Severe acute pancreatitis (SAP) remains a lethal disease. It is defined as an inflammatory process of the pancreas with possible peripancreatic tissue and multi-organ involvement inducing multi-organ dysfunction syndrome (MODS) with an increased mortality rate. Protease inhibitors are widely applied to treat acute pancreatitis in Japan, but the protease inhibitors used to treat acute necrotizing pancreatitis cannot easily reach the pancreas when administered intravenously, and, because of ischemia or impaired microcirculation, they hardly penetrate into pancreatic tissue. Recently, continuous regional arterial infusion (CRAI) with protease inhibitor of nafamostat mesilate and antibiotics has proven effective as an initial therapy in Japan. However, evidence supporting the value of CRAI in treating acute pancreatitis is insufficient. Actually, CRAI of protease inhibitors and antibiotics may possibly reduce the mortality rate and incidence of infectious complications in necrotizing pancreatitis. Furthermore, until now, most cases have been used with nafamostat mesilate as protease inhibitor. Therefore, a prospective study was performed to treat SAP with CRAI using gabexate mesilate and investigated the clinical benefits and sequential changes in serum inflammation-related parameters such as cytokines and chemokines.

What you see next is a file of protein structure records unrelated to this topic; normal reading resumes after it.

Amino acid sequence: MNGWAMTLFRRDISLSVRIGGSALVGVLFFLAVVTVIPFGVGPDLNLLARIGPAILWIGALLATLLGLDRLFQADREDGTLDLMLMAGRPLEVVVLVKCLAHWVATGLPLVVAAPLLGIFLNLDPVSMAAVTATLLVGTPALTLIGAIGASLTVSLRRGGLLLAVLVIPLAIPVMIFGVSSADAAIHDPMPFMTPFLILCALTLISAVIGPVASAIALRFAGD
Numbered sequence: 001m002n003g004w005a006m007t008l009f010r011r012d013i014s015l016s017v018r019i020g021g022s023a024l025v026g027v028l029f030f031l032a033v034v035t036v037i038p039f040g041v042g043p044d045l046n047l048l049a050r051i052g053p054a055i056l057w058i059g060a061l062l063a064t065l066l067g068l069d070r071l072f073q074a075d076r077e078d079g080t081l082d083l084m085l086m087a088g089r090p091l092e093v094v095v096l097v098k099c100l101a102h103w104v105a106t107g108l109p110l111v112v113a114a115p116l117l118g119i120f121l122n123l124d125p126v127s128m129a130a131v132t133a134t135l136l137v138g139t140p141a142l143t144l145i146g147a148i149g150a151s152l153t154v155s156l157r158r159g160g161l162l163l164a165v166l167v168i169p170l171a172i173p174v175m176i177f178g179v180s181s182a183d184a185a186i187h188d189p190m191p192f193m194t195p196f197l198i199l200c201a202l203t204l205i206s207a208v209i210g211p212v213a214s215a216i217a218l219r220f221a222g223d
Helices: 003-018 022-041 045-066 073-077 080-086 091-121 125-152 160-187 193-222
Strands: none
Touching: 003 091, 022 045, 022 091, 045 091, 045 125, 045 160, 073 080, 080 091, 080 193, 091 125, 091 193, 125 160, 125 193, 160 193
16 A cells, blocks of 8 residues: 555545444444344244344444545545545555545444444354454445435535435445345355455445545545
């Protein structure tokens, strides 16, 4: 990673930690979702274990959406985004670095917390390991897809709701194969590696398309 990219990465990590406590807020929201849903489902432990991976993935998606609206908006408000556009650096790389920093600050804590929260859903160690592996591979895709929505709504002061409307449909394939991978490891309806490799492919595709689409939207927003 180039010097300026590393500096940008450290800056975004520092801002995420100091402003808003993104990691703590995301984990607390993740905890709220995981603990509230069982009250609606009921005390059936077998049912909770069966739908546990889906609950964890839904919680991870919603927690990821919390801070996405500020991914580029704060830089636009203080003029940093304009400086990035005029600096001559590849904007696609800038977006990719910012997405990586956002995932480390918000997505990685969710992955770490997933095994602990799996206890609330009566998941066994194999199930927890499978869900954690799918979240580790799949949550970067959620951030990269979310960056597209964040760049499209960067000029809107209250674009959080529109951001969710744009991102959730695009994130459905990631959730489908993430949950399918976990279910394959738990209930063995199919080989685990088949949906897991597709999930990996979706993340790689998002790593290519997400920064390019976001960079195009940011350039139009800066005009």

A research article to be published on November 7, 2008 in the World Journal of Gastroenterology addresses this question. The research team led by Dr. ITO from Pancreatic Diseases Branch of Kyushu University in Japan conducted a prospective study to confirm the efficacy of arterial infusions of gabexate mesilate and antibiotics for SAP. This strategy suppresses early inflammation and infection in pancreatic tissue, which controls subsequent systemic inflammation. The level of protease inhibitor in pancreatic tissues after CRAI using nafamostat was 5-fold higher than that delivered by intravenous injection, and trypsin activities in pancreatic tissues are significantly suppressed by CRAI. On the other hand, the level of protease inhibitor in pancreatic tissues after CRAI using gabexate mesilate was 32-fold higher than that delivered by intravenous injection. However, until now, CRAI using gabexate mesilate has not been examined sufficiently. In the present study, therefore, the usefulness of CRAI using gabexate mesilate for patients with SAP was investigated. The reasons for using gabexate mesilate were as follows: (1) Gabexate mesilate is the only intravenous protease inhibitor that has been proven effective in an RCT. (2) Gabexate mesilate has more anticoagulant effect than nafamostat mesilate. (3) Gabexate mesilate induces less hyperkalemia even at high doses compared to nafamostat mesilate. (4) In Japan, most studies on CRAI have used nafamostat mesilate, and more needs to be understood about gabexate mesilate.